• F2B-For alignments on Concession St
  • H
  • I3 (with I2 as an acceptable alternative)
  • J3
  • K
  • L2
  • CBD1 along King, with the option to use King William east of Catharine
  • CBD 2 & 3 both recommended John and Hughson
  • CBD4 one-way loop along the TH&B tracks-MacNab-King-Catharine

The Four Routes

From the analysis 4 routes were created, which were approved by the Region in March 1981:

  • Route W-Limeridge Mall-Upper Wentworth-Mohawk-Upper James-James-Charlton-Hughson or John-CBD loop
  • Route X-Limeridge Mall-Upper Wentworth-Mohawk or Fennell-Upper Wellington-escarpment-John-CBD loop
  • Route Y-Limeridge Mall-Upper Wentworth-Mohawk or Fennell-Upper Wellington-Claremont access-TH&B-CBD loop
  • Route Z-Limeridge Mall-Upper Wentworth-Mohawk or Fennell-Upper Wellington-Claremont access-Victoria-Wellington-King William-Catharine-CBD loop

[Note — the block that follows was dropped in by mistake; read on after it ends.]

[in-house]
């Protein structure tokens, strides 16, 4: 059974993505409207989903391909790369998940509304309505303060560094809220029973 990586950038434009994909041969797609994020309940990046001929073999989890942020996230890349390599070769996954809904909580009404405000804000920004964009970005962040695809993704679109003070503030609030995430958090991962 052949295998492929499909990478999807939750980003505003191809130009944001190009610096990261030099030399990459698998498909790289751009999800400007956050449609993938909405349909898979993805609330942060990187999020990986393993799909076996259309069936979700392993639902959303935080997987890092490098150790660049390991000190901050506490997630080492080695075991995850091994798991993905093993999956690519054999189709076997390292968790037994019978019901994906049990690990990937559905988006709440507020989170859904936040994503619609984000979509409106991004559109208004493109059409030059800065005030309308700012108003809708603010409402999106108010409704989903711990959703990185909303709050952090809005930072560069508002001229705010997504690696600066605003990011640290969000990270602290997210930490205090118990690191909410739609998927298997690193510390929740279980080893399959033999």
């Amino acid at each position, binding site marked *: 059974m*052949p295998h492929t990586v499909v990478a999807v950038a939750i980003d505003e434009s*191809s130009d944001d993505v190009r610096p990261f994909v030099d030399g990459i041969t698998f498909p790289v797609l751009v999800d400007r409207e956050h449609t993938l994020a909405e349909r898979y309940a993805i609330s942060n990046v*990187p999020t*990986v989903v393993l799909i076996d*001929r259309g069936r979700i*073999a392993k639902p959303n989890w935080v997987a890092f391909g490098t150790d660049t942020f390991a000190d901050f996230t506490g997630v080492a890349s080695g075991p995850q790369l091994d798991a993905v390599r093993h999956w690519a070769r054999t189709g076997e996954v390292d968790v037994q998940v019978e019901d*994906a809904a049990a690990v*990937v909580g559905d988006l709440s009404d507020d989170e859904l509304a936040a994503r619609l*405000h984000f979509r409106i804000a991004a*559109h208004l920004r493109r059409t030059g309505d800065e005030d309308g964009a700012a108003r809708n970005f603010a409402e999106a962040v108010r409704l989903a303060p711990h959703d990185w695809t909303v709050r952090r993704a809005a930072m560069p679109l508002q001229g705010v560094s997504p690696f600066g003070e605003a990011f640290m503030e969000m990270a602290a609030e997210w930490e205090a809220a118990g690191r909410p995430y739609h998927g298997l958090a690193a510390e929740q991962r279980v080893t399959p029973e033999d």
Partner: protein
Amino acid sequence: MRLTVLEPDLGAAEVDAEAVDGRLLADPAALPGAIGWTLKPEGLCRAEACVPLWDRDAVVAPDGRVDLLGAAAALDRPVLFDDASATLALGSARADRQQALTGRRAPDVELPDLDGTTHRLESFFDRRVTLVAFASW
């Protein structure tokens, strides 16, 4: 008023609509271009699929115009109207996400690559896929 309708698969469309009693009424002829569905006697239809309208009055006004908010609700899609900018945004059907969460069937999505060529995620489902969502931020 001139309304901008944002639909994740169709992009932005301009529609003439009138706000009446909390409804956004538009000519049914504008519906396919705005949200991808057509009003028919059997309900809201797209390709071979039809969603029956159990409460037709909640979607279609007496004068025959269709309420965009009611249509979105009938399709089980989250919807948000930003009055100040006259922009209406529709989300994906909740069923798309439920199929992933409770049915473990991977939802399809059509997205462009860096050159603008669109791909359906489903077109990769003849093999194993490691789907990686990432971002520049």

The 4 proposed routes, as approved in March 1981.

The 4 proposed routes, as approved in March 1981. (From Hamilton-Wentworth Rapid Transit Project, Draft Environmental Assessment, Metro Canada Limited, October 1981)

In all cases the CBD loop ran counter-clockwise, running along either John (routes W & X) or Catharine (routes Y & Z), and then King, MacNab and along the TH&B tracks back to the start point. Construction was proposed in two stages: The CBD one-way loop and escarpment crossing south as far as either Fennel or Mohawk, followed by an extension to Limeridge Mall.

A series of open houses was held in Hamilton in mid-March to display the four options to the public and to gauge support. 57% of participants supported the ICTS project, with 26% opposed and 13% undecided. Of those who listed a preference for a route, 32% were in favour of W, 9% in favour of X, 20% in favour of Y, and 17% in favour of Z, with 22% having no preference or illegible.